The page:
May seem incongruous to construe "great writing" with "Musicology", because the stereotype would be that of the turgid translated prose of Germanic musikwissenschaft.
But the fact of the matter is that there is great musicological writing out there. Lots of people have lots of different favorites, of course, but the following are the ones that occurred to me when a colleague recently said "Hey, my niece is hating her music history class; any suggestions I could use for an 'Amazon care package'?"
Well, that's a speciality of the house: ask a musicologist to hold forth on her/his favorites, and all you really need to do thereafter is check back after an hour or so to see if s/he has run down yet. Here are the ones I came up with off the top of my head:
- Peter Guralnick's Sweet Soul Music: Rhythm & Blues and the Southern Dream of Freedom; and, really, anything that Guralnick has ever written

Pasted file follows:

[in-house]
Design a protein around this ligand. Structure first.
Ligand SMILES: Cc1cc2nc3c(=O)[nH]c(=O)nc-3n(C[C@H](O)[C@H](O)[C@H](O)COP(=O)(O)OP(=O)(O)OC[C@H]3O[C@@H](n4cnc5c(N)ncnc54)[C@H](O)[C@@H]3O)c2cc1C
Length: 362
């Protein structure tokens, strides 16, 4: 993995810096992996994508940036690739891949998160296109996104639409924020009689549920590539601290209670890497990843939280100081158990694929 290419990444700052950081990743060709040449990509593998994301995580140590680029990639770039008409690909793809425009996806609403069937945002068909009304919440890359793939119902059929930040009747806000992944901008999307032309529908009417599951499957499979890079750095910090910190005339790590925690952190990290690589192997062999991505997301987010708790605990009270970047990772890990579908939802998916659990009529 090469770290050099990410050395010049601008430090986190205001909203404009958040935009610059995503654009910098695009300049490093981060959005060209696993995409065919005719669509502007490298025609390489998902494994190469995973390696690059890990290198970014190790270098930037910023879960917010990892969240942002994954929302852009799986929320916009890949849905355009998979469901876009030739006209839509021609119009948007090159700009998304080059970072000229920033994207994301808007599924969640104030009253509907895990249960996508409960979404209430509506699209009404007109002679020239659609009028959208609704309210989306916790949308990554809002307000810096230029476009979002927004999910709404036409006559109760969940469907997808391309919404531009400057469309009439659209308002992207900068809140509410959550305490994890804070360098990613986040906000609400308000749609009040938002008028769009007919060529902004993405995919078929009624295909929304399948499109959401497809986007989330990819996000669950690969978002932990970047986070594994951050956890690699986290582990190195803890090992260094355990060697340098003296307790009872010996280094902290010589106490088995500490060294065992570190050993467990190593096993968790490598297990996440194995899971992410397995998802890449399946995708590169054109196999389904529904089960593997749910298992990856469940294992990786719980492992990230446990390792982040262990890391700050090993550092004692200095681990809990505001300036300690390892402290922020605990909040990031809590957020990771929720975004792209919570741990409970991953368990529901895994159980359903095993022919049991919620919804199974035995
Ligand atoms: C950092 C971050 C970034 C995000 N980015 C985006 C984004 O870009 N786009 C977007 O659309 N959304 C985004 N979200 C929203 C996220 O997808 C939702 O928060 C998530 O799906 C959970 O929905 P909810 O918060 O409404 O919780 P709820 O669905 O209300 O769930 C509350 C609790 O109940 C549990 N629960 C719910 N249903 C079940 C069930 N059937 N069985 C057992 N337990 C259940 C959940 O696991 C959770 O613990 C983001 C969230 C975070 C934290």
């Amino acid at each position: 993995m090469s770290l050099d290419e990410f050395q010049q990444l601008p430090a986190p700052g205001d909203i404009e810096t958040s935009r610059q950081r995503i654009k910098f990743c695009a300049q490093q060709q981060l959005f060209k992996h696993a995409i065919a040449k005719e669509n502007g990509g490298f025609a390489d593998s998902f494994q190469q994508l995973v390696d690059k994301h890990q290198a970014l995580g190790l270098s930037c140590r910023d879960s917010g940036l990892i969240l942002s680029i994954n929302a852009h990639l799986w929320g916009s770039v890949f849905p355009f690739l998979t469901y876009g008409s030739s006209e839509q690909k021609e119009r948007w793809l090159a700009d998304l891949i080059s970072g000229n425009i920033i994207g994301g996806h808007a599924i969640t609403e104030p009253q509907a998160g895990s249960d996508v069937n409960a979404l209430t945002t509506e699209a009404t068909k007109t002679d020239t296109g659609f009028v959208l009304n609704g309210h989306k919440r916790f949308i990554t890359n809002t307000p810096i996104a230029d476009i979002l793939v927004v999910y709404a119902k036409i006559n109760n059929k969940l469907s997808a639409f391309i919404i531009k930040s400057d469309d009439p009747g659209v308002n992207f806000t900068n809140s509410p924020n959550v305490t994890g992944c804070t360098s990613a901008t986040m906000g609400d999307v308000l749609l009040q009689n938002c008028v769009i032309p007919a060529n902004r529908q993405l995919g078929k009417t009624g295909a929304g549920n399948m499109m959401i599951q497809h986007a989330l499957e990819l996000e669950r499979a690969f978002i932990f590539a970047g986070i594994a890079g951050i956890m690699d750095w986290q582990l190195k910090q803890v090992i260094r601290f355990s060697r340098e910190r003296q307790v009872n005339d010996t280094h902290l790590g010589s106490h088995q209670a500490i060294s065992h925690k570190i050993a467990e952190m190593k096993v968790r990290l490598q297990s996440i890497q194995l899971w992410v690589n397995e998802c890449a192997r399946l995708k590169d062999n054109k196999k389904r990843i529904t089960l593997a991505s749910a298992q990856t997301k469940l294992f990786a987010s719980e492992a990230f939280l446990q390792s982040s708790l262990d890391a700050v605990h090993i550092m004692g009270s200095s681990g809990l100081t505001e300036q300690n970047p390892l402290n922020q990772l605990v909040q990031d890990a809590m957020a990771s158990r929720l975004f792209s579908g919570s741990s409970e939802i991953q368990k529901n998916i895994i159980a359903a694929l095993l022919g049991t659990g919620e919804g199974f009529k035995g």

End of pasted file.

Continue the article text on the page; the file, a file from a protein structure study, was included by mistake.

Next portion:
- David Wooldrige, From the Steeples and Mountains: A Study of Charles Ives; not particularly musicological, but highly evocative
- Philip Norman's Shout! The Beatles in Their Generation
- Scott De Veaux's Bebop
- Christopher Small's Music of the Common Tongue: Survival and Celebration in African-American Music
- Richard Crawford's America's Musical Life
- Eric von Schmidt and Jim Rooney's Baby Let Me Follow You Down: The Illustrated History of the Cambridge Folk Years
- Nick Tosche's Country: The Twisted Roots of Rock 'n' Roll
- Glenn Watkins's Pyramids at the Louvre: Music, Culture, and Collage from Stravinsky to the Postmodernists; also, his Soundings: Music in the Twentieth Century (the one I use for my own seminar), and pretty much anything Watkins has written
- Susan McClary Feminine Endings: Music, Gender, and Sexuality
- Ellen Rosand's Opera in Seventeenth Century Venice: The Creation of a Genre
- Ted Levin's The Hundred-Thousand Fools for God: Musical Travels in Central Asia